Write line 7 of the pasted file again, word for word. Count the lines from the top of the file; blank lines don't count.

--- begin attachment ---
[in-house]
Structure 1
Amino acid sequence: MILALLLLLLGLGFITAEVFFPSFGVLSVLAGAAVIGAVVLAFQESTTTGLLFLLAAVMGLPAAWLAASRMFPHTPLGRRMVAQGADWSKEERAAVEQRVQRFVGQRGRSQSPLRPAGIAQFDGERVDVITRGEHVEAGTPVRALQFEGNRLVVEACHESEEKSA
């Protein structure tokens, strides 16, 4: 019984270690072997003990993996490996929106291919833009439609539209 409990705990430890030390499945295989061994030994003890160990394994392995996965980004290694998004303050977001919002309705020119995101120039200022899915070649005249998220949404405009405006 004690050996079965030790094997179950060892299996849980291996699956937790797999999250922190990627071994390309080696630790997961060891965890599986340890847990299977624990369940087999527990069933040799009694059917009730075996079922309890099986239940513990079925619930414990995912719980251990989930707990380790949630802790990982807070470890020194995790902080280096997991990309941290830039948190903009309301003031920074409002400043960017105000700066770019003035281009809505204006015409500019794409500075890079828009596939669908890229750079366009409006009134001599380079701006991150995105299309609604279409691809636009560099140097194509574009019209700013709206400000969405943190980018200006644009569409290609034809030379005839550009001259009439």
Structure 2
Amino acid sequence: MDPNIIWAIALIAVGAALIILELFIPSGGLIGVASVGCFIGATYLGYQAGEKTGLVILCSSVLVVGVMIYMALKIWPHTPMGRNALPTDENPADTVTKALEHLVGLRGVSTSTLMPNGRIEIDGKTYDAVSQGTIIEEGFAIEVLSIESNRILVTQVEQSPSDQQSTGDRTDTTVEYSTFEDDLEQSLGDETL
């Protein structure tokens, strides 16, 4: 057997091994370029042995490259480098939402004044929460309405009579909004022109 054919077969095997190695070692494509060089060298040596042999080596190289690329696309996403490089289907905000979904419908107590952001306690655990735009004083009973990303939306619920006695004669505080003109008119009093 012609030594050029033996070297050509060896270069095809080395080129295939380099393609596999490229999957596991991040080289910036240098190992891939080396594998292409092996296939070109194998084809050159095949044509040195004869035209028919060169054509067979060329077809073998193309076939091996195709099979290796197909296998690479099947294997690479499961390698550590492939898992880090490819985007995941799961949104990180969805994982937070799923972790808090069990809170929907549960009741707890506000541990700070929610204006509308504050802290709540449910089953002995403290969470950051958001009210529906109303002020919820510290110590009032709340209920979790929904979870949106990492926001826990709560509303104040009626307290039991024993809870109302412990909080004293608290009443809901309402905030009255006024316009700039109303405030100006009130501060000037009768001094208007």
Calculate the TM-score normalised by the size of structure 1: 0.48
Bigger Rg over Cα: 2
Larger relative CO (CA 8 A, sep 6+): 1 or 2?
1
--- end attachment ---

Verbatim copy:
């Protein structure tokens, strides 16, 4: 057997091994370029042995490259480098939402004044929460309405009579909004022109 054919077969095997190695070692494509060089060298040596042999080596190289690329696309996403490089289907905000979904419908107590952001306690655990735009004083009973990303939306619920006695004669505080003109008119009093 012609030594050029033996070297050509060896270069095809080395080129295939380099393609596999490229999957596991991040080289910036240098190992891939080396594998292409092996296939070109194998084809050159095949044509040195004869035209028919060169054509067979060329077809073998193309076939091996195709099979290796197909296998690479099947294997690479499961390698550590492939898992880090490819985007995941799961949104990180969805994982937070799923972790808090069990809170929907549960009741707890506000541990700070929610204006509308504050802290709540449910089953002995403290969470950051958001009210529906109303002020919820510290110590009032709340209920979790929904979870949106990492926001826990709560509303104040009626307290039991024993809870109302412990909080004293608290009443809901309402905030009255006024316009700039109303405030100006009130501060000037009768001094208007």